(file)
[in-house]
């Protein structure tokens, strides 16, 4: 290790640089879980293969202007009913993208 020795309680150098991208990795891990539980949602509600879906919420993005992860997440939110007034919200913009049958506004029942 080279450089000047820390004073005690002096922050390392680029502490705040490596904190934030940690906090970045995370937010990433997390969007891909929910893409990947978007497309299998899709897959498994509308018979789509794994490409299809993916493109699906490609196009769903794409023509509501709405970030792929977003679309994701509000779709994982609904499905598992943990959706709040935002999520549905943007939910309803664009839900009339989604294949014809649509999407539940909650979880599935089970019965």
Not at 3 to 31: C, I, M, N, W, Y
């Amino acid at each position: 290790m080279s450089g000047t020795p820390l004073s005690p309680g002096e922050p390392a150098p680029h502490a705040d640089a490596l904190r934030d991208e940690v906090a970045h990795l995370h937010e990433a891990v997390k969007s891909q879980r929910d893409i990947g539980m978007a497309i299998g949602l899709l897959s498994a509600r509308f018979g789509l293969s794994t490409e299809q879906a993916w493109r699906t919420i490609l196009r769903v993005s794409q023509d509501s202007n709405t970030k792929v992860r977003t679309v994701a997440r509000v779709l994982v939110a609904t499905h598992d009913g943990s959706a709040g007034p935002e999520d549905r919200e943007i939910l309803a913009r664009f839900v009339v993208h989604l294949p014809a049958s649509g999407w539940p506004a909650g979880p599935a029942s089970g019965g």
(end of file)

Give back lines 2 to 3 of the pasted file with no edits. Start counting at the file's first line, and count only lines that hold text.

């Protein structure tokens, strides 16, 4: 290790640089879980293969202007009913993208 020795309680150098991208990795891990539980949602509600879906919420993005992860997440939110007034919200913009049958506004029942 080279450089000047820390004073005690002096922050390392680029502490705040490596904190934030940690906090970045995370937010990433997390969007891909929910893409990947978007497309299998899709897959498994509308018979789509794994490409299809993916493109699906490609196009769903794409023509509501709405970030792929977003679309994701509000779709994982609904499905598992943990959706709040935002999520549905943007939910309803664009839900009339989604294949014809649509999407539940909650979880599935089970019965």
Not at 3 to 31: C, I, M, N, W, Y